Relative contraindications include a history of nephrolithiasis, retroperitoneal fibrosis, urothelial malignancy, chronic pyelonephritis, or abdominopelvic radiation.
If reflux to the recipient ureter is present, it is recommended that it be corrected, unless it is low grade. A limitation of TUU is the difficulty in intubating the donor ureteral orifice postoperatively.
General anesthesia is typically required for open and laparoscopic/robotic ureteroureterostomy (UU) and transperitoneal ureteroureterostomy (TUU).
In patients who are to undergo UU or TUU, stenting of the repair is often advocated. Thus, having the appropriate patient positioning and table setup to allow for intraoperative imaging, either plain film or fluoroscopic, is important to ensure proper stent positioning.
For TUU, the patient is placed in a supine lithotomy position, and the abdomen is opened through a lower midline incision.
UU performed in patients with trauma is often approached via an exploratory laparotomy incision; however, the incision for UU performed for stricture disease varies based on the location of the stricture. For pediatric duplex systems, a proximal upper pole–to–lower pole UU or ureteropyelostomy is often performed through a flank, whereas a distal UU is performed through a Pfannenstiel or Gibson incision.
Deep venous thrombosis prophylaxis should be instituted, particularly in high-risk patients such as those with pelvic malignancies.
A preoperative urine culture should be obtained to ensure that the patient’s urine is sterile at the time of treatment and antibiotic prophylaxis administered prior to incision.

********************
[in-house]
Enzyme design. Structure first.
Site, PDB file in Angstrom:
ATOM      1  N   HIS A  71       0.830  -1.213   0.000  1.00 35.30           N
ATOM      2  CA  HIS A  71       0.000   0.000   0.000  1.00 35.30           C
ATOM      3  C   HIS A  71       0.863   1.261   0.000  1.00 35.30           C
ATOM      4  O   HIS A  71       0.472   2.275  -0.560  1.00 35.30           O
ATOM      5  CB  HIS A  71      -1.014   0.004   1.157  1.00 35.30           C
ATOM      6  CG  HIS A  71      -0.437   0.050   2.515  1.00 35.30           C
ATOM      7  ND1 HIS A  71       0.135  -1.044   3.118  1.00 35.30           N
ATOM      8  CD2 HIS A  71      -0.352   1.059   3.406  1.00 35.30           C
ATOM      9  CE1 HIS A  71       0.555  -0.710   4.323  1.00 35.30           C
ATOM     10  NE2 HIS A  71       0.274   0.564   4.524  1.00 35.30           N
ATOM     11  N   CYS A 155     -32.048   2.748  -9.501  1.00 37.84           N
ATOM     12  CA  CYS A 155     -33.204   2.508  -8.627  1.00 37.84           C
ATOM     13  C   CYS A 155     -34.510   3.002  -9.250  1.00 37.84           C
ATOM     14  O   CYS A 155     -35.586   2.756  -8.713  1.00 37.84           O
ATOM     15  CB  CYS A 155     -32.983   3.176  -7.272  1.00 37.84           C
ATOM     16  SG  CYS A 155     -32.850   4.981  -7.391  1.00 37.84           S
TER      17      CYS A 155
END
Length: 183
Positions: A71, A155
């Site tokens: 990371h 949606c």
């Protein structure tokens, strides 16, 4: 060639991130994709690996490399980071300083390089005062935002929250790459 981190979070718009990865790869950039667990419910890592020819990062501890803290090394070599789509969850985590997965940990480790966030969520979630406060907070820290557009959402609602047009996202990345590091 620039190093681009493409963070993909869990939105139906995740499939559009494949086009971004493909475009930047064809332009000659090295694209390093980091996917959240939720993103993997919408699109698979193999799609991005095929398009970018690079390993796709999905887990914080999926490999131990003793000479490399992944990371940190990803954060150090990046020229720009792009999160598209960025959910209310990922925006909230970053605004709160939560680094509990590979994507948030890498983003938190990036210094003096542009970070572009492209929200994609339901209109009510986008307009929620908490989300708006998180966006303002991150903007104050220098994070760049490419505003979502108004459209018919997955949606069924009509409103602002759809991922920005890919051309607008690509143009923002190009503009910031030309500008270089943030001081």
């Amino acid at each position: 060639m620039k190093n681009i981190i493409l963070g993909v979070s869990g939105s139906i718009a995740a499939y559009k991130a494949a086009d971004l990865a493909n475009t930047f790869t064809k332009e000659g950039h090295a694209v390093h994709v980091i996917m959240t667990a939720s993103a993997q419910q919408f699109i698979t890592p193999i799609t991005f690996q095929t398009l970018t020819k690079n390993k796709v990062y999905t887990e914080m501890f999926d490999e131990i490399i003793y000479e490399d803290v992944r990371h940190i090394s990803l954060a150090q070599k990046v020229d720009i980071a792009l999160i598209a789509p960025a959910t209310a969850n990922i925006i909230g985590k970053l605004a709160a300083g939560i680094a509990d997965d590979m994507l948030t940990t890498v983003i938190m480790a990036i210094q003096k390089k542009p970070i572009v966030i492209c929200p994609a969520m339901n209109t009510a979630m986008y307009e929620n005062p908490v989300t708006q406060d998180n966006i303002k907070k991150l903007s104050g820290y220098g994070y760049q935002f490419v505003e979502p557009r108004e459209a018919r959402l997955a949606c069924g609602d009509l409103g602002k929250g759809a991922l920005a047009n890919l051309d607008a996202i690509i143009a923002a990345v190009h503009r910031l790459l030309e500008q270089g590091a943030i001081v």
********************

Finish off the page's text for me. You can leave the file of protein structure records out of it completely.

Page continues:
Essential to the outcome of the repair is thorough debridement of all devitalized tissue, meticulous handling of the ureters, and avoidance of skeletonization of the ureters, as well as achieving a tension-free, water-tight anastomosis.
Placement of a drain helps prevent urinoma and possible abscess.
The key components of the ureteroureterostomy (UU) and transperitoneal ureteroureterostomy (TUU) that are common to each technique include the following:
Mobilize the injured ureter carefully, sparing the adventitia widely to prevent devascularization.
Debride the ureter liberally until the edges bleed, especially in patients with high-velocity gunshot wounds.
The ureteral end should be spatulated. Ideally, there should not be a large discrepancy in size between the donor and recipient ureter when performing TUU (see image below).Transureteral ureteroureterostomy.
Repair ureters under magnification with spatulated, tension-free, stented, watertight anastomosis, placing retroperitoneal drains afterward (see image below).Ureteroureterostomy demonstrating the principles of debridement, spatulation, and end-to-end anastomosis.
Consider omental interposition to isolate the repair when possible.
The most appropriate situation for UU as treatment for stricture disease or trauma is a short defect involving the upper ureter or mid ureter. This approach can also be used in a donor ureteral stricture in a renal transplant patient in whom reconstruction by UU to a healthy native ureter is possible and also in a midureteral tumor in the setting of renal insufficiency or a solitary kidney.
The operative approach depends on the level of ureteral disease/damage. A flank approach is suitable for exposure of the upper ureter, a Gibson incision for the mid ureter, and a lower midline incision or use of a prior Pfannenstiel incision for the lower ureter.
The ureter is adherent to the posterior peritoneum and is most easily identified as it crosses the iliac vessels. The diseased/damaged segment is identified and excised completely. Care is taken in mobilizing the ureter to prevent damage to the adventitia.
Once the diseased segment has been excised, the ureteral segments are spatulated for approximately 5-6 mm, 180° apart. The spatulated ureteral ends are anastomosed by first placing a fine absorbable suture through the corner of one ureteral segment and the apex of the other and tying it outside of the lumen. A second suture is placed in the opposite corner and apex and also tied outside the lumen. The anastomosis is completed by running the two sutures and tying them to each other or via interrupted sutures, according to surgeon preference. See the image below.